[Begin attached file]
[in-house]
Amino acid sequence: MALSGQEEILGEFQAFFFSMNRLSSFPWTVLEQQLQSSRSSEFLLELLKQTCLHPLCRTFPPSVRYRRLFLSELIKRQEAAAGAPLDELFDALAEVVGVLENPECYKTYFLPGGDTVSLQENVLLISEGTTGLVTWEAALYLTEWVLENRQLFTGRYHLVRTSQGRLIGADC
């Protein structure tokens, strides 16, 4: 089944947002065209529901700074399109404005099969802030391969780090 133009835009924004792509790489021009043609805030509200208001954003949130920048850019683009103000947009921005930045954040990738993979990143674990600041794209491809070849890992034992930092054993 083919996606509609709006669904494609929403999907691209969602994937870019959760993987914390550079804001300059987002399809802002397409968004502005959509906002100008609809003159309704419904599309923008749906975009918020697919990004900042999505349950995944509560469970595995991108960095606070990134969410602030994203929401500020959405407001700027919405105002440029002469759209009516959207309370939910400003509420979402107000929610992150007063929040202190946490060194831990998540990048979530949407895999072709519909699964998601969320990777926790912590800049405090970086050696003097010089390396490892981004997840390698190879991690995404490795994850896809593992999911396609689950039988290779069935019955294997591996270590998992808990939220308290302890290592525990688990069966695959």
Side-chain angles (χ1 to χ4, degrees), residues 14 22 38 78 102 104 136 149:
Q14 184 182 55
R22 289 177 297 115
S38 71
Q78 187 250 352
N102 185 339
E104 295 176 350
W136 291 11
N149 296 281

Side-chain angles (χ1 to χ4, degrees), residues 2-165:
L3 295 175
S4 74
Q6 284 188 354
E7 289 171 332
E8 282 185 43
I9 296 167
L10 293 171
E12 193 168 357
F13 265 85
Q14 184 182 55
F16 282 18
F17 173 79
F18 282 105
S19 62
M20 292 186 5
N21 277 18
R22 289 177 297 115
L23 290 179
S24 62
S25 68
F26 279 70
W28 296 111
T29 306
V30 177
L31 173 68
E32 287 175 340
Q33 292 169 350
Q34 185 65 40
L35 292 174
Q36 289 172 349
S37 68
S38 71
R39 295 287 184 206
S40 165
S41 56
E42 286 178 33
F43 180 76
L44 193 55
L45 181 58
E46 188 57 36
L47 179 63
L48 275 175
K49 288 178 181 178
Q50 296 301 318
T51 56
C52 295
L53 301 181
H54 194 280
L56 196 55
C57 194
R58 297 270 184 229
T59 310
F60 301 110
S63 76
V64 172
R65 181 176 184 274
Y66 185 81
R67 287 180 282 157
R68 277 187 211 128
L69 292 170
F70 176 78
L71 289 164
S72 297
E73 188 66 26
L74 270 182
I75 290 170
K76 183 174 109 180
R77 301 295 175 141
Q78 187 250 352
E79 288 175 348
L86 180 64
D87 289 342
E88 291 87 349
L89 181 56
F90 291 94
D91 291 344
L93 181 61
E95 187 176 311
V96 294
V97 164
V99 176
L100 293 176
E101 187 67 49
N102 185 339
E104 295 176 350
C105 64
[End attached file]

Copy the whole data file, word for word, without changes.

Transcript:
[in-house]
Amino acid sequence: MALSGQEEILGEFQAFFFSMNRLSSFPWTVLEQQLQSSRSSEFLLELLKQTCLHPLCRTFPPSVRYRRLFLSELIKRQEAAAGAPLDELFDALAEVVGVLENPECYKTYFLPGGDTVSLQENVLLISEGTTGLVTWEAALYLTEWVLENRQLFTGRYHLVRTSQGRLIGADC
């Protein structure tokens, strides 16, 4: 089944947002065209529901700074399109404005099969802030391969780090 133009835009924004792509790489021009043609805030509200208001954003949130920048850019683009103000947009921005930045954040990738993979990143674990600041794209491809070849890992034992930092054993 083919996606509609709006669904494609929403999907691209969602994937870019959760993987914390550079804001300059987002399809802002397409968004502005959509906002100008609809003159309704419904599309923008749906975009918020697919990004900042999505349950995944509560469970595995991108960095606070990134969410602030994203929401500020959405407001700027919405105002440029002469759209009516959207309370939910400003509420979402107000929610992150007063929040202190946490060194831990998540990048979530949407895999072709519909699964998601969320990777926790912590800049405090970086050696003097010089390396490892981004997840390698190879991690995404490795994850896809593992999911396609689950039988290779069935019955294997591996270590998992808990939220308290302890290592525990688990069966695959």
Side-chain angles (χ1 to χ4, degrees), residues 14 22 38 78 102 104 136 149:
Q14 184 182 55
R22 289 177 297 115
S38 71
Q78 187 250 352
N102 185 339
E104 295 176 350
W136 291 11
N149 296 281

Side-chain angles (χ1 to χ4, degrees), residues 2-165:
L3 295 175
S4 74
Q6 284 188 354
E7 289 171 332
E8 282 185 43
I9 296 167
L10 293 171
E12 193 168 357
F13 265 85
Q14 184 182 55
F16 282 18
F17 173 79
F18 282 105
S19 62
M20 292 186 5
N21 277 18
R22 289 177 297 115
L23 290 179
S24 62
S25 68
F26 279 70
W28 296 111
T29 306
V30 177
L31 173 68
E32 287 175 340
Q33 292 169 350
Q34 185 65 40
L35 292 174
Q36 289 172 349
S37 68
S38 71
R39 295 287 184 206
S40 165
S41 56
E42 286 178 33
F43 180 76
L44 193 55
L45 181 58
E46 188 57 36
L47 179 63
L48 275 175
K49 288 178 181 178
Q50 296 301 318
T51 56
C52 295
L53 301 181
H54 194 280
L56 196 55
C57 194
R58 297 270 184 229
T59 310
F60 301 110
S63 76
V64 172
R65 181 176 184 274
Y66 185 81
R67 287 180 282 157
R68 277 187 211 128
L69 292 170
F70 176 78
L71 289 164
S72 297
E73 188 66 26
L74 270 182
I75 290 170
K76 183 174 109 180
R77 301 295 175 141
Q78 187 250 352
E79 288 175 348
L86 180 64
D87 289 342
E88 291 87 349
L89 181 56
F90 291 94
D91 291 344
L93 181 61
E95 187 176 311
V96 294
V97 164
V99 176
L100 293 176
E101 187 67 49
N102 185 339
E104 295 176 350
C105 64